Vauxhall Bridge – Thames Tour, Bradshaw’s Handbook, no.115

‘..Vauxhall Bridge, with a pier affording convenient facilities for passenger, is now encountered..’, says Mr Bradshaw.

Prior to Vauxhall Bridge a ferry took people across the river. The Huntley Ferry operated on Sundays, taking people to the Pleasure GardensThe company was compensated for loss of trade when the bridge was built, and while there were other ferries of course, this one was mentioned regarding compensation. The slipway below is used today by London Duck Tours

Huntley Ferry crossing, 1746 (https://commons.wikimedia.org/wiki/File:Rocque_Vauxhall_and_Westminster_(cropped).png)
Huntley Ferry crossing, 1746 (https://commons.wikimedia.org/wiki/File:Rocque_Vauxhall_and_Westminster_(cropped).png)
London Duck Tours slipway at Vauxhall Bridge
London Duck Tours slipway at Vauxhall Bridge

Bridge no.1, Regent Bridge, is today’s Vauxhall Bridge and was built between 1809-16. The first two designs were rejected, and finally a design by James Walker prevailed, the first iron bridge over the Thames.

Regent Bridge (Vauxhall Bridge), 1706 (https://commons.wikimedia.org/wiki/File:Vauxhall_Bridge_1816.jpg)
Regent Bridge (Vauxhall Bridge), 1816 (https://commons.wikimedia.org/wiki/File:Vauxhall_Bridge_1816.jpg)
Old Vauxhall Bridge, 1897 (http://thames.me.uk/s00150.htm#top)
Old Vauxhall Bridge, 1897 (http://thames.me.uk/s00150.htm#top)

In 1881 two central piers were removed to provide more space for shipping, and this, together with changed water pressures caused by increased traffic and more bridges over the river changing the tidal patterns weakened the structure. The bridge deteriorated and in 1898 a temporary wooden bridge was put in place while a new bridge was built.

Demolition of the Temporary Wooden Bridge at Vauxhall (http://www.gracesguide.co.uk/File:ImV103-p415.jpg)
Demolition of the Temporary Wooden Bridge at Vauxhall (http://www.gracesguide.co.uk/File:ImV103-p415.jpg)

Vauxhall Bridge no.2 replaced Bridge no.1 in 1906. Like the first bridge this design was problematic. It was the first London bridge to carry trams, and one of the first roads to have a bus lane. (Excellent article on building the bridge here.)

Building Vauxhall Bridge no.2 (http://www.gracesguide.co.uk/images/4/4c/Im1903EnV96-p230.jpg)
Building Vauxhall Bridge no.2 (http://www.gracesguide.co.uk/images/4/4c/Im1903EnV96-p230.jpg)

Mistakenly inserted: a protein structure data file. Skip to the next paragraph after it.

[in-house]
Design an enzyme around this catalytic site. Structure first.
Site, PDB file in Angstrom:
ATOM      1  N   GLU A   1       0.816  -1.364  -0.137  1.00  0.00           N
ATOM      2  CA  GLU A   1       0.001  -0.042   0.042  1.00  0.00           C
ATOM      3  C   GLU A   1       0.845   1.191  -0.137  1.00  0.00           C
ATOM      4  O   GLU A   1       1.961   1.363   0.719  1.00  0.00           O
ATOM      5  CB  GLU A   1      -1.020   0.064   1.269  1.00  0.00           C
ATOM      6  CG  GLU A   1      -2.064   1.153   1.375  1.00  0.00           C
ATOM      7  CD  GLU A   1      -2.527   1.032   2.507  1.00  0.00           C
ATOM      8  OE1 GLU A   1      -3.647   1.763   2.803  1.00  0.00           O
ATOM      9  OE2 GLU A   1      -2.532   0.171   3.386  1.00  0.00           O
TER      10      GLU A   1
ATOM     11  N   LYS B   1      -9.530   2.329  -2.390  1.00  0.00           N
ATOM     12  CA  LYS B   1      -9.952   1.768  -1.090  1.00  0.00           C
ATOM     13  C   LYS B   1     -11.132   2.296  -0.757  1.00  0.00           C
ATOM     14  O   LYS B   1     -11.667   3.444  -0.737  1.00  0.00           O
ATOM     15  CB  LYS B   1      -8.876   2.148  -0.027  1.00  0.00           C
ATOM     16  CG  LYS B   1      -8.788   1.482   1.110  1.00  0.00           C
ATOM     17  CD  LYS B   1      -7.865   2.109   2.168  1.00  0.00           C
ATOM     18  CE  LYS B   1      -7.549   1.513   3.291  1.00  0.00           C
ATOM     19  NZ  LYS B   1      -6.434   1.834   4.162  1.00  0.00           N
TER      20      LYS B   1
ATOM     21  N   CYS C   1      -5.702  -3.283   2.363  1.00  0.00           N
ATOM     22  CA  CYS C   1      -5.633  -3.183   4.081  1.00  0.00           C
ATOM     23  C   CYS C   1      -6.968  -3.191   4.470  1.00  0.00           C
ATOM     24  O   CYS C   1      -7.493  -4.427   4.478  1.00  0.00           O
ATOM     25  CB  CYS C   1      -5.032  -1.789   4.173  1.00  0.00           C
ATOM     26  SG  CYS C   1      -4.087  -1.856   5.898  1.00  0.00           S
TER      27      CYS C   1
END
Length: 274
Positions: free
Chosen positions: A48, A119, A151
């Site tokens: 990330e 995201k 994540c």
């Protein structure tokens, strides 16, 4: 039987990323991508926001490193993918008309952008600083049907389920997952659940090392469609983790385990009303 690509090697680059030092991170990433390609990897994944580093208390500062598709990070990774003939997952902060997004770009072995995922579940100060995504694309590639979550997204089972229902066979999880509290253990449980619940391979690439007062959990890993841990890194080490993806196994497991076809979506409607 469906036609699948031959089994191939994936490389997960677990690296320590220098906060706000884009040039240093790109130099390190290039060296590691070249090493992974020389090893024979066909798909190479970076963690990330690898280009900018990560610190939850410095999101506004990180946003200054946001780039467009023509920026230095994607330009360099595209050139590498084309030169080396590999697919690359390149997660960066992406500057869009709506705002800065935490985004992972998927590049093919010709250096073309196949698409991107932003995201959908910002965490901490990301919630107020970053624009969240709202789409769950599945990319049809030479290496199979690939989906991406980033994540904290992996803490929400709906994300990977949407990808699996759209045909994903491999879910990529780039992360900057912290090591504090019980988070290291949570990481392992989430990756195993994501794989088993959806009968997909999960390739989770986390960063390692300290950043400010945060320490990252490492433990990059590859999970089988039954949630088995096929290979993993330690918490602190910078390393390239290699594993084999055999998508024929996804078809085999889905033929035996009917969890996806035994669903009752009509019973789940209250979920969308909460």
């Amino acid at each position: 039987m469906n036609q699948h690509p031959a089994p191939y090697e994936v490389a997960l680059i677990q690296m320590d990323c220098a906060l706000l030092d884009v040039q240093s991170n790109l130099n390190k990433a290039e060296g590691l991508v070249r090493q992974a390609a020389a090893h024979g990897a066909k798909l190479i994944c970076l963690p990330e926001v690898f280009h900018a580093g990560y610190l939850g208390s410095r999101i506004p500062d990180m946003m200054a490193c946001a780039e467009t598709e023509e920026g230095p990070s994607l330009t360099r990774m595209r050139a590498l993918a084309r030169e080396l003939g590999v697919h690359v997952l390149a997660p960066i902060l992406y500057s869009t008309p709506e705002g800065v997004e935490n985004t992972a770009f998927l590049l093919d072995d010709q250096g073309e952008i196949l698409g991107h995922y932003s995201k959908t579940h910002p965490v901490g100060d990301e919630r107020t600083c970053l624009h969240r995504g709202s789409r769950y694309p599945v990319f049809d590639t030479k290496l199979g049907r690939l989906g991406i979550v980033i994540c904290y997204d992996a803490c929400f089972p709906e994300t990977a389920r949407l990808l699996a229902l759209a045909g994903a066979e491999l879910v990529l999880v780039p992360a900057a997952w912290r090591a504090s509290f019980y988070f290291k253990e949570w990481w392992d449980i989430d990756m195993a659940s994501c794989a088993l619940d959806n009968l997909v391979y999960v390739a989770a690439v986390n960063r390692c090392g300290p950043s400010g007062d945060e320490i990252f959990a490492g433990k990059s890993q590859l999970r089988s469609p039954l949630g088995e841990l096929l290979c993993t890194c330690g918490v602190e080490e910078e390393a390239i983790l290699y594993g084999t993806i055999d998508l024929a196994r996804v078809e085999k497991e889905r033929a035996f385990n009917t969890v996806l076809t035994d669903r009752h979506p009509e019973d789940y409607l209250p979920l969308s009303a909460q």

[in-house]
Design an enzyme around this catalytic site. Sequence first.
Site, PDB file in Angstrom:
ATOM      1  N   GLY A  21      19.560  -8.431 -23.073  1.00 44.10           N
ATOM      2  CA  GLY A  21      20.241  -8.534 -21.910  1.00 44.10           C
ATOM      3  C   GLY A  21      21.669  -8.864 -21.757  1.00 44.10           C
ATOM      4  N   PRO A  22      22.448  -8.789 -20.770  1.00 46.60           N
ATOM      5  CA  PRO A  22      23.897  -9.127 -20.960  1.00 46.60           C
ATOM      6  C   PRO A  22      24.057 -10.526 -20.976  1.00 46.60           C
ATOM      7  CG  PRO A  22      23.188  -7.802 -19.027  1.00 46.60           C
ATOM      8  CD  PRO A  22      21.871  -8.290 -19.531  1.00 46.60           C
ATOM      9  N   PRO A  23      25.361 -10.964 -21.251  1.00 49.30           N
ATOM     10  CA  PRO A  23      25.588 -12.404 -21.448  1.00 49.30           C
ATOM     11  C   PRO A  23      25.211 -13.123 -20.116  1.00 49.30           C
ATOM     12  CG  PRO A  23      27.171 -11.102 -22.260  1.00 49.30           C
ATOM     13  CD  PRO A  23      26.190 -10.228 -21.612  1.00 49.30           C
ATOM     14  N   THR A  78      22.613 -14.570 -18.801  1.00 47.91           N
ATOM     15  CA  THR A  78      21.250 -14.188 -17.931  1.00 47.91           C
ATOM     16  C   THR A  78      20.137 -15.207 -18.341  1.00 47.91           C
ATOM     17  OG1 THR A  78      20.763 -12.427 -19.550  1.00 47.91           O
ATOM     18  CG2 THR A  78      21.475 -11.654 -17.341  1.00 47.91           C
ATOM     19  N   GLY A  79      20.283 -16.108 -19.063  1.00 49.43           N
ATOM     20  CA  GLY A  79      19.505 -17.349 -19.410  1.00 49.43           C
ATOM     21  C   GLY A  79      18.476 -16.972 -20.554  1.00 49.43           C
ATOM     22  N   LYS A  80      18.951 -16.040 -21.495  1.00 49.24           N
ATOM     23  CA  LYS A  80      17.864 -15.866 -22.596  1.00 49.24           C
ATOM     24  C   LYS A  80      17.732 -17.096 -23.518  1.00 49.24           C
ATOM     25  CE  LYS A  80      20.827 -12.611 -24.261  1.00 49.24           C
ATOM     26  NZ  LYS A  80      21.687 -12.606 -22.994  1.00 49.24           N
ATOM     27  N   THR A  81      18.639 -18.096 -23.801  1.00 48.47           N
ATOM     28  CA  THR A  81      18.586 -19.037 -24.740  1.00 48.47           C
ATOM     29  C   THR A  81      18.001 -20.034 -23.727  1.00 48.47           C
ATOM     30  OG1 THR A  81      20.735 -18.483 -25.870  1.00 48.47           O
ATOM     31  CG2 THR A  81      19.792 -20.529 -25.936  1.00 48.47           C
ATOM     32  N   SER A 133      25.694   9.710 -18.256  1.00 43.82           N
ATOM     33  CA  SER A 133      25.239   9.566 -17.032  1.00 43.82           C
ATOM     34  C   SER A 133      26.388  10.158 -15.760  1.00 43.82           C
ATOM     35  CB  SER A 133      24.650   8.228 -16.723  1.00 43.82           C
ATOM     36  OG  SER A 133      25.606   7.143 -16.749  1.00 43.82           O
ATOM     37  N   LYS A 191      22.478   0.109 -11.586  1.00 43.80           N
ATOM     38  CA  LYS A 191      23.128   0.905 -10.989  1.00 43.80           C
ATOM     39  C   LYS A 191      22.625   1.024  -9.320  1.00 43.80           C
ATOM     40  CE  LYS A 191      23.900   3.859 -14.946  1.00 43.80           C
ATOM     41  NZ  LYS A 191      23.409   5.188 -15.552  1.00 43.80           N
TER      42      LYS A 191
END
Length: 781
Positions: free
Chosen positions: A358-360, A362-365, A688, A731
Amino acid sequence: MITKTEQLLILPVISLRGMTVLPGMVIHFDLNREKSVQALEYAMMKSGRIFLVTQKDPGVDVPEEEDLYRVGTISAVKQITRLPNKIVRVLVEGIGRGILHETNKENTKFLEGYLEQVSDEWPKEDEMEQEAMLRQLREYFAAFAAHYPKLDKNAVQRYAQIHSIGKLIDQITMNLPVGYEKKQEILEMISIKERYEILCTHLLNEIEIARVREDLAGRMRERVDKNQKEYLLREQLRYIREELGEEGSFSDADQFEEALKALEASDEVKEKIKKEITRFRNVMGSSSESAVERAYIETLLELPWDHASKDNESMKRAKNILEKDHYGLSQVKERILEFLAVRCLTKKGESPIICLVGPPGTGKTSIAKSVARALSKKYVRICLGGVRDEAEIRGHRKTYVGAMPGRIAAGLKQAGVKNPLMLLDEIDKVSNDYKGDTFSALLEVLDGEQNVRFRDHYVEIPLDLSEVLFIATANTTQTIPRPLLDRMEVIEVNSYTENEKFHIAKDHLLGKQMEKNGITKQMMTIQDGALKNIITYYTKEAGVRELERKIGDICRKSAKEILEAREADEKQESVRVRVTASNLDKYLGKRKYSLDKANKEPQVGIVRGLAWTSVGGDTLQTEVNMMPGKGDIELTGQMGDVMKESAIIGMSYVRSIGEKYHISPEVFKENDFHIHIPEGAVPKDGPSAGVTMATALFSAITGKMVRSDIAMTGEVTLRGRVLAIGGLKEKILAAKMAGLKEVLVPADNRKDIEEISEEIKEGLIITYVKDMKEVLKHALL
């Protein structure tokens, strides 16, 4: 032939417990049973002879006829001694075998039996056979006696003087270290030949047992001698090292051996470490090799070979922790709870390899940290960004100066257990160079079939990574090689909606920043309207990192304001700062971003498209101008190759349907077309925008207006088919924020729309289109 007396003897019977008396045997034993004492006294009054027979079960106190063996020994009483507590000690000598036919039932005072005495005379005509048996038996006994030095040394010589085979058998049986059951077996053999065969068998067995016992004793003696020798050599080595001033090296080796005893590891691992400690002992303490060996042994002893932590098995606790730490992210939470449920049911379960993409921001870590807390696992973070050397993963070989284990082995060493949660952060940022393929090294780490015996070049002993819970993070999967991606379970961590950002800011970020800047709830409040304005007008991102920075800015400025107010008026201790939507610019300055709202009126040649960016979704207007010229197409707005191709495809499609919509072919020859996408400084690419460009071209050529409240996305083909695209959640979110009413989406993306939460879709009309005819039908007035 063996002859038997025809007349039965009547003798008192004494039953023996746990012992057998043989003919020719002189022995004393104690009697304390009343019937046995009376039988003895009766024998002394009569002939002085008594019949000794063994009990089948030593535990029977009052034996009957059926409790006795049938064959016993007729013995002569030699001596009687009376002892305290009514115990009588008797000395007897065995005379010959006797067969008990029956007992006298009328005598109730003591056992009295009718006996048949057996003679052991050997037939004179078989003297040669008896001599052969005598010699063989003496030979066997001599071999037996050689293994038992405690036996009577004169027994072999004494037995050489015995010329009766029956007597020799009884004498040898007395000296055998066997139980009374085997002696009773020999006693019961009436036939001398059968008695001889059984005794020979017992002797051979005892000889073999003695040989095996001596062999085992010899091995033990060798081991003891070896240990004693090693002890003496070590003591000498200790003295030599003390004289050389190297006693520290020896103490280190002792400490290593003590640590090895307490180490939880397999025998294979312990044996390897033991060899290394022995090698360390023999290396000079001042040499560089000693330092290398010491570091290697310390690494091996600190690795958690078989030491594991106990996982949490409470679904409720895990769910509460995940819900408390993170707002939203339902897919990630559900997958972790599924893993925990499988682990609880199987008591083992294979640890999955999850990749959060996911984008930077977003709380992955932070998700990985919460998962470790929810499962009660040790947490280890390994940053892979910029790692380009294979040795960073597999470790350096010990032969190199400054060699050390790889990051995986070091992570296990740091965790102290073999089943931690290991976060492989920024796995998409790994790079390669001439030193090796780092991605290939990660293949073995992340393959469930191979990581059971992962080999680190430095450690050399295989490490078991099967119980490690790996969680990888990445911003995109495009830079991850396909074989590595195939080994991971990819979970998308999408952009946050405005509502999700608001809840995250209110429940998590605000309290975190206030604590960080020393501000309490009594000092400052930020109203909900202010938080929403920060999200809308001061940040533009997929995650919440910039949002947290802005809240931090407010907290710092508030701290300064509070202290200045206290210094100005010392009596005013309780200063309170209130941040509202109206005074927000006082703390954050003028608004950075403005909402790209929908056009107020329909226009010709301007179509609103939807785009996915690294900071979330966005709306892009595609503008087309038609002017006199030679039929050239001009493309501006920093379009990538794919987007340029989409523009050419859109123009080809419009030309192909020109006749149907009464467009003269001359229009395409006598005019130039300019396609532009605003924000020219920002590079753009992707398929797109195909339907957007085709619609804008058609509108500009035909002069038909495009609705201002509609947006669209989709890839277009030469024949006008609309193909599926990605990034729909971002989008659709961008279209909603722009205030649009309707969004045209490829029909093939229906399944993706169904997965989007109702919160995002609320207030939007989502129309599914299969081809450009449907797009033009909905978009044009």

Vauxhall Bridge, 1906 (http://www.british-history.ac.uk/survey-london/vol26/plate-1)
Vauxhall Bridge, 1906 (http://www.british-history.ac.uk/survey-london/vol26/plate-1) – upstream
Vauxhall Bridge upstream today
Vauxhall Bridge upstream today
Vauxhall Bridge upstream
Vauxhall Bridge upstream
Vauxhall Bridge upstream
Vauxhall Bridge upstream

The bridge was considered very plain and functional (it looks quite gaudy to me!) and complaints about this led to a decision to place statues on the piers. Alfred Drury and Frederick Pomeroy created bronze statues. ‘..On the upstream piers are Pomeroy’s Agriculture, Architecture, Engineering and Pottery, whilst on the downstream piers are Drury’s Science, Fine Arts, Local Government and Education. Each statue weighs approximately two tons…’. The statues were difficult to photograph but here is a taster of Pomeroy’s statues! And Drury on the downstream side.

A Drury statue on the downstream side of Vauxhall Bridge
A Drury statue on the downstream side of Vauxhall Bridge
A Drury statue on the downstream side of Vauxhall Bridge
A Drury statue on the downstream side of Vauxhall Bridge

The River Effra debouches into the Thames at the bridge. I visited at high water but this excellent site (with accompanying book) has photographs taken at low water.

The River Effra at Vauxhall Bridge
The River Effra at Vauxhall Bridge

In 1973 the cast-iron balustrades were replaced – today’s railings are gasping for paint!

15-11-9 Vauxhall Bridge LR-7920

During the War a temporary bridge was built further upstream, as a backup against possible bombing of Vauxhall Bridge, which, in fact, was unharmed.

Temporary Millbank Bridge (http-:www.vauxhallcivicsociety.org.uk:history:millbank-bridge:)

You may be interested in
Vauxhall Bridge in much earlier times
Vauxhall Bridge no.2 building problems
Vauxhall Bridge, and the remains of the paddle steamer jetty
A crossing at Vauxhall dating to 1500BC?

4 comments

  1. I am pleased you enjoyed the post – I love walking London and photographing. I think it is important to understand the past and how it relates to our own times – we forget too quickly. Do visit again as I continue up the Thames!

    Liked by 1 person

    • I certainly will be regularly visiting now I have found your blog, I love it, and being also an East End London fanatic (as that is where my mother’s ancestors where from!! and mainly Jewish but going back to at least 1801 so far) I can’t get enough, I have bought so many books on the East End but just love London!!! wish I could visit again tomorrow…..love your work

      Like

  2. Thanks so much for your wonderful post on Vauxhall Bridge. One of my ancestors on my mothers side lived on Vauxhall Bridge Road in the 1870s. I went to London in 2008, but at that time, I wasn’t aware of that fact so sadly I didn’t get the opportunity to see if the place he lived in was still standing. I love the photographs you have, and also will check out the other posts you have written about Vauxhall Bridge, especially the one called Vauxhall Bridge in earlier times…..so interesting, Thanks so much, Cheers Vicki in South Australia.

    Like

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